With the launch on November 9th of Jive's new JiveWorks community, I'd like to tell more of the story behind the project. Many of you are in similar situations: you came in to manage a community that you didn't have a hand in building, and maybe you've realized that the structure or organization of your community is no longer serving your members.

 

I've heard many of you ask, "how do you evolve a community?" More specifically, maybe you've received complaints that your community is hard to navigate, users don't know their way around, or content isn't where they expect it to be. If you've got a community more than a few years old, you could be facing the same situation we had here in this community: tons of places, no clear structure for user pathways, and confusing navigation.

 

With the launch of JiveWorks (our new 'Jive Community') we can tell you first-hand how to go about evolving your own community. In this blog, we'll focus on three related topics:

  • Use cases
  • User pathways
  • Navigation tips and tricks

 

Get clear on your use cases.

For our community, we have several use cases which we've been clear about for years but maybe didn't have enough rigor around managing the process or organizing the structure. They are as follows:

  • Support - how we provide our customers and users with product support: implementation for their own communities, help with troubleshooting, and assistance in bug resolution.
  • Learning - how customers and users find out how to do things, get training, share best practices and thought leadership from Jive and our top customers.
  • Product feedback/ideas - how customers submit product feedback, get responses and hear about implementation plans from Jive.
  • Product communications - how Jive communicates product updates, pre- and post release information about our products, and deep dives for features and integrations.
  • Event engagement - how we bring our live events to our online members, engaging them in content, pre- and post event discussions, and deepen the event experience.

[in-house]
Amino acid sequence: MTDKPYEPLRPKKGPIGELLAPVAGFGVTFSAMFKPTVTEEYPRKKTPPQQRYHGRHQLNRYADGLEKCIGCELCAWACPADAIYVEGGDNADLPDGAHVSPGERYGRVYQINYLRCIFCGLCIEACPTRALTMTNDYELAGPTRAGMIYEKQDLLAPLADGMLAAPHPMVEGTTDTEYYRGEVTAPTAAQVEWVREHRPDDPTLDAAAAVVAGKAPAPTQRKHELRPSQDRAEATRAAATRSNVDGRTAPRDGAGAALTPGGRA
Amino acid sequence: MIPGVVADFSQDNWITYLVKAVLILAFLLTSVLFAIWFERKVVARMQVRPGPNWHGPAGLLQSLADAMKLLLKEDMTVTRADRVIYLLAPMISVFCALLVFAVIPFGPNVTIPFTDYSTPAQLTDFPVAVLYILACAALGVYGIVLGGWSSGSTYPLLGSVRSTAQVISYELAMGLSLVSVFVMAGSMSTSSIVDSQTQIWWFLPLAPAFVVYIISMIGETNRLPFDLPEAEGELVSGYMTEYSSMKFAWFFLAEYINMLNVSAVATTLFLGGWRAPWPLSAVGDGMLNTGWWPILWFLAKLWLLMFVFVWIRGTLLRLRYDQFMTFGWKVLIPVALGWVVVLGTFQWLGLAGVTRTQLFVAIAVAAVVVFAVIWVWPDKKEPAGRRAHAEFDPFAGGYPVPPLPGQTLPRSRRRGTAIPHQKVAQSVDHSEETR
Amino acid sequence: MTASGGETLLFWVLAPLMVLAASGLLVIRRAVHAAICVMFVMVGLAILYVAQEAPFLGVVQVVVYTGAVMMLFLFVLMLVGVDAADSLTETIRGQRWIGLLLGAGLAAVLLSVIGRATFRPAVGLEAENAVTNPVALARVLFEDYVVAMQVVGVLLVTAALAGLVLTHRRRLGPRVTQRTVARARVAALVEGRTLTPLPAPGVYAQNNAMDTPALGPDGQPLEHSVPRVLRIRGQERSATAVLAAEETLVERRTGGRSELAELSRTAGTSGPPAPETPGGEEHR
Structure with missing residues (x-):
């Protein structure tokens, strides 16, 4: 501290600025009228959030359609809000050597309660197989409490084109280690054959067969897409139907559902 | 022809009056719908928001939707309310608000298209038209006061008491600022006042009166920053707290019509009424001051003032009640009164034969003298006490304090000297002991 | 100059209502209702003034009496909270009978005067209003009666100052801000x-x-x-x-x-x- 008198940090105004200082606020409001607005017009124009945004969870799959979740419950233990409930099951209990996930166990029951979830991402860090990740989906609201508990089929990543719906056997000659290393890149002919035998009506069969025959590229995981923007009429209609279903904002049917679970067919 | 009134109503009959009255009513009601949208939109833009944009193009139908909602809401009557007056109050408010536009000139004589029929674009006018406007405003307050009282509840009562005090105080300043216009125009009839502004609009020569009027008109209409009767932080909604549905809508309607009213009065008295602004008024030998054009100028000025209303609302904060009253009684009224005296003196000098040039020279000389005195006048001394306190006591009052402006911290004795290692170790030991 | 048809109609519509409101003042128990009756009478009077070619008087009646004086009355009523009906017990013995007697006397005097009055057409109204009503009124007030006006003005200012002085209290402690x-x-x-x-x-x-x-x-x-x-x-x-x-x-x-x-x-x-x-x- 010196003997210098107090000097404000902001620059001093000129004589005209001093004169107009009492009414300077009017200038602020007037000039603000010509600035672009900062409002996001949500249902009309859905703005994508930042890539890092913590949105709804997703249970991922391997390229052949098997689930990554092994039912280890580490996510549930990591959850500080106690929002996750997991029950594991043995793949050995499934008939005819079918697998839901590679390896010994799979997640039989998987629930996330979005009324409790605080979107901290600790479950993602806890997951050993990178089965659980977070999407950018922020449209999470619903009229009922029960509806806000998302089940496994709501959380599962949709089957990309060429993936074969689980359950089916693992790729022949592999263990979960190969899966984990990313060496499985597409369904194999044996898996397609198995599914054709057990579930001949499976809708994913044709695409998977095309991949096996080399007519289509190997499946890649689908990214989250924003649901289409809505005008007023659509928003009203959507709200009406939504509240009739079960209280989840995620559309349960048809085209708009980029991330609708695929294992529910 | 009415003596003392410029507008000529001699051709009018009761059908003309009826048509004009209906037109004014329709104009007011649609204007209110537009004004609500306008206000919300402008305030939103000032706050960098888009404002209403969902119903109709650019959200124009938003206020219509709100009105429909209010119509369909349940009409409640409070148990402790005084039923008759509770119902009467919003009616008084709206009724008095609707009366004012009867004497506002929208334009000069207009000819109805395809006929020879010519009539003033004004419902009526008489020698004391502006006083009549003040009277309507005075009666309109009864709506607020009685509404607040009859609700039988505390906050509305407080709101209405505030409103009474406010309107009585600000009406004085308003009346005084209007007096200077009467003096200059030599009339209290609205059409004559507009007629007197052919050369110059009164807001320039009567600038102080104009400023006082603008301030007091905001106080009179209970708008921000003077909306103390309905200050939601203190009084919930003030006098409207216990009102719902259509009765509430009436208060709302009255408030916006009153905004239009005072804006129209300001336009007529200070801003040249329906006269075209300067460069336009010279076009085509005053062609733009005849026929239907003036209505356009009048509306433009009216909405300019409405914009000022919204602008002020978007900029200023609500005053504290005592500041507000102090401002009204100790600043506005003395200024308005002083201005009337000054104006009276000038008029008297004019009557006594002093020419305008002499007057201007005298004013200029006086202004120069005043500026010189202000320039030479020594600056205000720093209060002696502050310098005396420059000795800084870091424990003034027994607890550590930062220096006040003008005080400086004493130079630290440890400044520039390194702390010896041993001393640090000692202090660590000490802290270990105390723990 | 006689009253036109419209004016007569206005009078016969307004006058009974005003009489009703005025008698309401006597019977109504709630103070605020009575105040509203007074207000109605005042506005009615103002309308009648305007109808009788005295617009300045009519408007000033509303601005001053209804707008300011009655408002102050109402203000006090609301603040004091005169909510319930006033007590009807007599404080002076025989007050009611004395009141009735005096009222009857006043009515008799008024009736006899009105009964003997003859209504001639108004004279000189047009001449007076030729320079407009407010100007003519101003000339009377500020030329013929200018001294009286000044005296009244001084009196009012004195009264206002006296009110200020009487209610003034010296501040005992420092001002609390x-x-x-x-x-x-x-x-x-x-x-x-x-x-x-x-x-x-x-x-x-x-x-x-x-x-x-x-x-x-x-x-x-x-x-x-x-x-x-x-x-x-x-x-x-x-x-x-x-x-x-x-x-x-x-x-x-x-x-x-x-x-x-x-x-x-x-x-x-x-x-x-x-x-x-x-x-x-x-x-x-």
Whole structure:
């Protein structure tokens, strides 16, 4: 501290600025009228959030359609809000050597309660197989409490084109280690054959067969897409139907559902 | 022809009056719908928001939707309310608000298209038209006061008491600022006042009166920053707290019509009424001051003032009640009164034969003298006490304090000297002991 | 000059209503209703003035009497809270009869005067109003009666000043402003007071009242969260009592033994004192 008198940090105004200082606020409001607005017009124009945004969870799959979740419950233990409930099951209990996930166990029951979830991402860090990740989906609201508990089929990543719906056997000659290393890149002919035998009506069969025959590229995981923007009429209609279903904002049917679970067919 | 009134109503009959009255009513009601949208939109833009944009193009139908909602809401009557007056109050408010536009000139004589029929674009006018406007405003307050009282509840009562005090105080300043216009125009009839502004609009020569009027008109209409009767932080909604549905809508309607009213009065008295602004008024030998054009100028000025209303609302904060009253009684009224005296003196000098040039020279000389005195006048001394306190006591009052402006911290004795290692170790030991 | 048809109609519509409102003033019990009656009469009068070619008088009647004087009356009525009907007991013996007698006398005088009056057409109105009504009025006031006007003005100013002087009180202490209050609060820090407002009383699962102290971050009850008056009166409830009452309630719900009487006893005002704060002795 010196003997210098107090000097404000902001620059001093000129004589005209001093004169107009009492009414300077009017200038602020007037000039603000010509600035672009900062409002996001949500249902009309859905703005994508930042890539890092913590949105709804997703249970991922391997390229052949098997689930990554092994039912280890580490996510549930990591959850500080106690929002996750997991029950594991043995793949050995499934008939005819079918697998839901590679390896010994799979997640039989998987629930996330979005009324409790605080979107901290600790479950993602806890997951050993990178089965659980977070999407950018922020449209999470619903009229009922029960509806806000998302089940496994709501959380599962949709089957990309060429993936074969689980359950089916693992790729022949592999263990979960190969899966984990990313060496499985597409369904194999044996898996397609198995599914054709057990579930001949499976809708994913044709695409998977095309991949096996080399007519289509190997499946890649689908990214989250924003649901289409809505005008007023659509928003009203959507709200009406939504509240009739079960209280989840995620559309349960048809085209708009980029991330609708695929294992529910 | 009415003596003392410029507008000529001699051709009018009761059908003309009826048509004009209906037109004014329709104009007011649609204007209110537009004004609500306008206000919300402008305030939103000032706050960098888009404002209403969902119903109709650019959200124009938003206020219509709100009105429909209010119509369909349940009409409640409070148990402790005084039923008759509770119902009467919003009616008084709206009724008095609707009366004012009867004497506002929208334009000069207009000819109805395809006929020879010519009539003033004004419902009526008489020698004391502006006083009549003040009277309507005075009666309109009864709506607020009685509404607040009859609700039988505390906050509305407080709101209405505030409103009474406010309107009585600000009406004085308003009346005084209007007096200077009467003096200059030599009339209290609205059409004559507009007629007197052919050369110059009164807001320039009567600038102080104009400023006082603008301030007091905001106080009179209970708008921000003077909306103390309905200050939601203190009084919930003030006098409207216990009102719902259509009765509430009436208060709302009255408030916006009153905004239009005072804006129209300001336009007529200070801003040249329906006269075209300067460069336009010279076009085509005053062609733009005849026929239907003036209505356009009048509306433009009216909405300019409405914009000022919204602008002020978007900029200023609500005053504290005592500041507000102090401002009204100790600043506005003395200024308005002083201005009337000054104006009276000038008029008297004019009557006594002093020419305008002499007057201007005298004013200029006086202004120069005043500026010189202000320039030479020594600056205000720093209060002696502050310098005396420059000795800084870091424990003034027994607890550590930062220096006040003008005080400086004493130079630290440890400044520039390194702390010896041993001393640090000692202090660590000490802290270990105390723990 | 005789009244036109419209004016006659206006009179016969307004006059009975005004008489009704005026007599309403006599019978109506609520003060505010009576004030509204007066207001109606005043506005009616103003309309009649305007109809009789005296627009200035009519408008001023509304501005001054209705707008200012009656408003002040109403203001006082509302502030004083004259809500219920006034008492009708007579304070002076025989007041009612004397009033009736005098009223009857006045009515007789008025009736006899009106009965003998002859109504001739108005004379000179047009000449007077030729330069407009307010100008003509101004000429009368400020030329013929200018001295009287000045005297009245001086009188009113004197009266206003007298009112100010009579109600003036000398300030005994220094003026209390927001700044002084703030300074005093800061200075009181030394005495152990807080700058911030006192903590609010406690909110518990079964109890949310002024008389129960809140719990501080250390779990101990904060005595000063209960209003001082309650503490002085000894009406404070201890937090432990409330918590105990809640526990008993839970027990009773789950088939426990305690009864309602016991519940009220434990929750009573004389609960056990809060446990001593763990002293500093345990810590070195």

Your use cases are the most important thing to be clear about in your own communities. Be sure to do the work with your own teams and bring in a strategist if needed (we worked with our own Jennifer Kelley) to help you work through them.

 

Understand the user pathways.

About three months ago, we brought together a working team to talk about our use cases and what we believed users come to this community to accomplish. The team was made up of the use case owners as well as key stakeholders in different departments. We didn't start with the focus on navigation, but instead approached the exercise purely from the member's point of view of what they need to get done in our community. We came up with member-focused statements like:

  • I need to learn how to use the Jive platform
  • I need to find out how to set up my community
  • I need specific help with product functionality
  • I need to find out how other community managers are doing things
  • I need to find out about the upcoming events
  • I need to view the latest webinar

 

We ended up with a fairly long list of these statements and then put them into some logical groupings... Items about learning were all grouped together, same with event topics. Topics about product and support were so similar, we put those in the same bucket. We then came up with user-centered statements about the pathways that felt inclusive of all of the types of things that could happen in that category.

 

In the end, we had a very rough sketch of what people come to the community to accomplish (a.k.a. the user pathways):

At this step, we were getting closer to understanding how these purposeful user pathways could shape the navigation scheme.

 

Develop navigation to key places.

One of the things we evaluated was the key places to which we want to drive members. As a 16-year-old community, we have an excessive number of places to visit and they often mapped more to our internal departments than to a logical space hierarchy. Additionally, we want to focus user activity in some places that are core to our community use cases. We considered our use cases and the key places related to them, then mapped the key places to the user pathways.

 

This gave us a start on our navigation menus (which we sketched out in PowerPoint):

 

Once we had this straw model, we realized that many of the places needed some clean up or new places needed to be created (such as our Events hub). It's important to do this work for your own key places before you rework your navigation so that community member experience is maintained as they move through your site. We recommend reviewing this work with a few of your super-users to make sure that you are hitting the mark.

 

When you are ready for implementation, the navigation menus can be updated through the theme (for those who have admin privileges). You can see more about the before and after navigational impacts here: JiveWorks Navigation: Getting Around to Key Places

 

This is a very simplified explanation of the process we followed, in fact, the whole project took several months to complete and the work of about 12-15 different people. I also haven't yet addressed the design/theme changes you see in JiveWorks today. That will have to be the focus of my next blog!

 

I would love to hear whether or not you like the new navigation. Your experience here is first hand! Also, be sure to post any questions you have about these recommendations. If you run into any problems about the community, you can also post a question in Community Help.